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Default Dispute Termination of Contract
Default and Dispute (contract law)
In government contracting, the government through a contracting officer who is the government agent enters into a legally binding agreement with a contractor. This contractor is a seller who is to deliver services and the government as the buyer pays for these services as agreed upon in the contract. However, situations arise where the agreements may be terminated in order to settle disputes that arise between the contracting agents and the contractor. Normally, the government may terminate the contract for default of the contractor or by convenience (Kathuria, 2009). Federal Acquisition Regulations define termination for convenience as the exercise of the government's right to terminate a contract when it is in the government's interest
Termination for default
The government has a right to terminate a contract on a situation where the contractor does not meet the set contractual obligations (Rumbaugh, 2010). For the government to terminate on default, there should be failures and an explanation provided for the failures. It is evident that there should be an actual failure of performance of the contract to be terminated for default (Loulakis, 2003). The default clause dictates the contractor to transfer title of the delivered goods to the government after termination of the contract. On the other hand, the government pays for all delivered goods and services.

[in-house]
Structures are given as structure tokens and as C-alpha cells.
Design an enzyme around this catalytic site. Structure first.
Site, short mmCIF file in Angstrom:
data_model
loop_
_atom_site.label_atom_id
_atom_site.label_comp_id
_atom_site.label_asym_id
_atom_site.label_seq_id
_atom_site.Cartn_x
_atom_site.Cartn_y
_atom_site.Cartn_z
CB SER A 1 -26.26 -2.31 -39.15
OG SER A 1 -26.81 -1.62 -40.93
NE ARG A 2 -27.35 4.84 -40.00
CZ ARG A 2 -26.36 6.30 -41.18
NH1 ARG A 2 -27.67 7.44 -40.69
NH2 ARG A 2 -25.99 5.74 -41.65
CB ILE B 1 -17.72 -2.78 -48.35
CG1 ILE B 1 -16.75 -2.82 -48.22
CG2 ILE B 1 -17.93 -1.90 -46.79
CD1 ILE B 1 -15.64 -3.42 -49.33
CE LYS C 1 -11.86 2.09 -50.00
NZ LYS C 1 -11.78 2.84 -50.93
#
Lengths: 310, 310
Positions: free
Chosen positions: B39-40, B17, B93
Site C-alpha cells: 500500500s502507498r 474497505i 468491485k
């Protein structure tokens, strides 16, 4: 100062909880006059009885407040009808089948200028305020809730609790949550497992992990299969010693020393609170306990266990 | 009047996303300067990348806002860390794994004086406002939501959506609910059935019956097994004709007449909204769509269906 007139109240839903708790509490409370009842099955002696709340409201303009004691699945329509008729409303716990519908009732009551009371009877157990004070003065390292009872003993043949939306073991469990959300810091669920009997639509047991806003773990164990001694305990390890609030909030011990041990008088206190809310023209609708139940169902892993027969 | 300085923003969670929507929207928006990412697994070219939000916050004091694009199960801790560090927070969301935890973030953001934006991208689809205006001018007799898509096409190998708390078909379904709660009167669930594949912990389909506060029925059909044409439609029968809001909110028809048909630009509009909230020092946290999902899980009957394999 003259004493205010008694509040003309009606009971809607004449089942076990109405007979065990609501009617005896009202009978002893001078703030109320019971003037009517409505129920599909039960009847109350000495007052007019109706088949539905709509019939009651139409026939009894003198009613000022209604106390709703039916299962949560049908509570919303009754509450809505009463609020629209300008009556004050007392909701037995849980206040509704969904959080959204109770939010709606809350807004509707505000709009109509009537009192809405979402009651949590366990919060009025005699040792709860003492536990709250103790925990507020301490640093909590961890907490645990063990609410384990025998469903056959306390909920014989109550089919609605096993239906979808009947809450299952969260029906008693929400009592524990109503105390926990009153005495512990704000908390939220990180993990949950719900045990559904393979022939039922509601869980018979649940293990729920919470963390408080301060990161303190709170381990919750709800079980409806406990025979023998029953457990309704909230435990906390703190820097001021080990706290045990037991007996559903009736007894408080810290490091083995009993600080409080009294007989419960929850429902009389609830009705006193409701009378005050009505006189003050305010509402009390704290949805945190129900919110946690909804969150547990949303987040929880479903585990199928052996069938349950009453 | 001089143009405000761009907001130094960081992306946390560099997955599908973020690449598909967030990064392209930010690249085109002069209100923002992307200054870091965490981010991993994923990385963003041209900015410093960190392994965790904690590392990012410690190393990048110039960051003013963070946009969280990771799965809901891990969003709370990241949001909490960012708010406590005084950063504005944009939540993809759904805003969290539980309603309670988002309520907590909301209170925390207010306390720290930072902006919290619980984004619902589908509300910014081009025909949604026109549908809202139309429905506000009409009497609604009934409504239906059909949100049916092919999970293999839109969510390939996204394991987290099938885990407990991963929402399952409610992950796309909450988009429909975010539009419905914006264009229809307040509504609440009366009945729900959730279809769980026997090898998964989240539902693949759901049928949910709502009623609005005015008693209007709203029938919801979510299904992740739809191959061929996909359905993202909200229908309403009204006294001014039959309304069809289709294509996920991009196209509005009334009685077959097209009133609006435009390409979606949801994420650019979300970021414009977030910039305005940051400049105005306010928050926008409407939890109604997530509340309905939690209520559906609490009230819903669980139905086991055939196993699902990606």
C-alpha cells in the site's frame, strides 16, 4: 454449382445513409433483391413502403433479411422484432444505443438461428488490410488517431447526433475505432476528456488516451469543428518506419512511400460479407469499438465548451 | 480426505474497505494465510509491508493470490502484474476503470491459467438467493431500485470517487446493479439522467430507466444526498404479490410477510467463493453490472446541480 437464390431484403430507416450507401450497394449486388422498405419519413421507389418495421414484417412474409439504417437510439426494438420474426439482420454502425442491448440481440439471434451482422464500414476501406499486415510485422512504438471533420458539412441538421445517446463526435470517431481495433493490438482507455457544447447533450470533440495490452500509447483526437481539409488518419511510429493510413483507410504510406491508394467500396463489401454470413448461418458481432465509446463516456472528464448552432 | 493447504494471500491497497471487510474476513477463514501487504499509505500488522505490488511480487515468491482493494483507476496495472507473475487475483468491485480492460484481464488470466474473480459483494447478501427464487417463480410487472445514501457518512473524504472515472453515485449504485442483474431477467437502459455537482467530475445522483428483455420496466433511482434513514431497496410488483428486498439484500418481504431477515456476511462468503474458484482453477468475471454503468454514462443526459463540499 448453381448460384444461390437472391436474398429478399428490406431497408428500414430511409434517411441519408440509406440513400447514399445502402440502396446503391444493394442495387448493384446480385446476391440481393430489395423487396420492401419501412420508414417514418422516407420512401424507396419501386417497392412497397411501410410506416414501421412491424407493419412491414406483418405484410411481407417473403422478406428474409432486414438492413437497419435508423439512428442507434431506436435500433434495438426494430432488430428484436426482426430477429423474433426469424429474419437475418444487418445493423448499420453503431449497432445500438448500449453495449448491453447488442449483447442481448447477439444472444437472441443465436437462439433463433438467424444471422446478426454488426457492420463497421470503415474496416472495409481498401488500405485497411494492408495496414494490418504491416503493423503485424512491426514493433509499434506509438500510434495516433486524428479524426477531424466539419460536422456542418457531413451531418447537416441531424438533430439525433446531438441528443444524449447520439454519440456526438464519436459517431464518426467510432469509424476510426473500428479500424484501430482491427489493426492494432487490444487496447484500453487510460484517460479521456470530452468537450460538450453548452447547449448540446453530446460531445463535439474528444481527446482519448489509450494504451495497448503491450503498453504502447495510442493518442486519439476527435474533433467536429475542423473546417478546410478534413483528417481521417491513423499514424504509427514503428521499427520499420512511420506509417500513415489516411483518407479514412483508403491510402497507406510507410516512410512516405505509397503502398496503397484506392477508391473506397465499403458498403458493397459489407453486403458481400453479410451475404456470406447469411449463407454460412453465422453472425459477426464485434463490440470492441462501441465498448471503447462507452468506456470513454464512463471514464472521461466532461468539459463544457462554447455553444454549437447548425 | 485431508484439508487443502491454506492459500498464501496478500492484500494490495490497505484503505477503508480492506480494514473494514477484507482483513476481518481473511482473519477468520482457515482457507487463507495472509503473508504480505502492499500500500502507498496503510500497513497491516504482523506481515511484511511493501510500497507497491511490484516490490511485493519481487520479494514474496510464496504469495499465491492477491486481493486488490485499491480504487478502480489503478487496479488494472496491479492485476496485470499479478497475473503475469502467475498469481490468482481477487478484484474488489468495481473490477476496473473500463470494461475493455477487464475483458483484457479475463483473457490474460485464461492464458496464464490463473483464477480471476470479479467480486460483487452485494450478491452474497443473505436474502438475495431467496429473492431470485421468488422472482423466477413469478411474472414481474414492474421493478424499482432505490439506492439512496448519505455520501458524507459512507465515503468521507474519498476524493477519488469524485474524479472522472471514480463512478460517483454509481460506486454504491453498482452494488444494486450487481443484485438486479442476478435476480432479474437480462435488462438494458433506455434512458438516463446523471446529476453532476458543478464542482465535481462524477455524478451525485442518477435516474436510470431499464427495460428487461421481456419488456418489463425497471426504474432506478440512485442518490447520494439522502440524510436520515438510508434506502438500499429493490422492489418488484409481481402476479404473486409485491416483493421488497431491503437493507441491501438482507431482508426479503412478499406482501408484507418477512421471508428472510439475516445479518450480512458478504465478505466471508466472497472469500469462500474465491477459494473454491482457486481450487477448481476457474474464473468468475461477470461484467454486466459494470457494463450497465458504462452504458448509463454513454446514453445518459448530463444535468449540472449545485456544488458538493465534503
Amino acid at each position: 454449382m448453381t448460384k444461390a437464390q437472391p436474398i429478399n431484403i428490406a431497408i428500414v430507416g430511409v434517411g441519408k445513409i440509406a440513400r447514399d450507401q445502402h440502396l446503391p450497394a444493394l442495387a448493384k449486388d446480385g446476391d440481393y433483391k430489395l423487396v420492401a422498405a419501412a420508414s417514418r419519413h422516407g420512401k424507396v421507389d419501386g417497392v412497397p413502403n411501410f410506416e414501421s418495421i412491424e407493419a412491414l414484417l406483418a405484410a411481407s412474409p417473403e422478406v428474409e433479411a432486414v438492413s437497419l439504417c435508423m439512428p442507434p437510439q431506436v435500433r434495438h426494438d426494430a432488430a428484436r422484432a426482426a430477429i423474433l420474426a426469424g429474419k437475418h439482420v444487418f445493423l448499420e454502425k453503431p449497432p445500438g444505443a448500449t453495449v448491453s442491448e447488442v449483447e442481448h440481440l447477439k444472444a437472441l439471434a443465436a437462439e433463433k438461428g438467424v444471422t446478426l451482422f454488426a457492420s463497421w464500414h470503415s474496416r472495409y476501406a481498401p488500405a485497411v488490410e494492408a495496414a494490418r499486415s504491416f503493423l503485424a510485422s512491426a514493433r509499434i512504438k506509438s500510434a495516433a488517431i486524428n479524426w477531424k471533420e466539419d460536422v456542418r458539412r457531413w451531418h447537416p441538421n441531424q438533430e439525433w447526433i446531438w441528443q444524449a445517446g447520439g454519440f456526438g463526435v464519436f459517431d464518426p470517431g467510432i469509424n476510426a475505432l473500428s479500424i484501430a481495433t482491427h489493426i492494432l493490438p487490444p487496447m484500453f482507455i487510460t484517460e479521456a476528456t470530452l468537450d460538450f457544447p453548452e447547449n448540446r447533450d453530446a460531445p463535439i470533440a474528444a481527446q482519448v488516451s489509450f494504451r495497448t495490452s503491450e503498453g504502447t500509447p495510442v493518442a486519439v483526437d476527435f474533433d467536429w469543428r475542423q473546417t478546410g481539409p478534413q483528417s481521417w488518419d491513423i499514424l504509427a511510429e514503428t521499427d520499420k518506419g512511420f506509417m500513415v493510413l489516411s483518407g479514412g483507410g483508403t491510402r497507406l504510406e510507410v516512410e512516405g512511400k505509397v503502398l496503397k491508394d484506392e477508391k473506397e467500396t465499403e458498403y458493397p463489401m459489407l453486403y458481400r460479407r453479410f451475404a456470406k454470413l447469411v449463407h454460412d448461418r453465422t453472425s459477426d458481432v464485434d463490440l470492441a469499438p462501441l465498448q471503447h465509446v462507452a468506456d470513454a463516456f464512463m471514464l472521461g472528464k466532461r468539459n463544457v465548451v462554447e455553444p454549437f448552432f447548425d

Government contracts provide the following bases for termination for default of a contract. Firstly, a contract may be ended for default if the contractor refuses to perform the delivery within the specified time in the contract. Secondly, it may also be terminated if the contractor fails to make progress in the contract thus endangering its performance and lastly, the government may end a contract for default in case the contractor refuses to perform any provisions stated in the contract (Rumbaugh, 2010).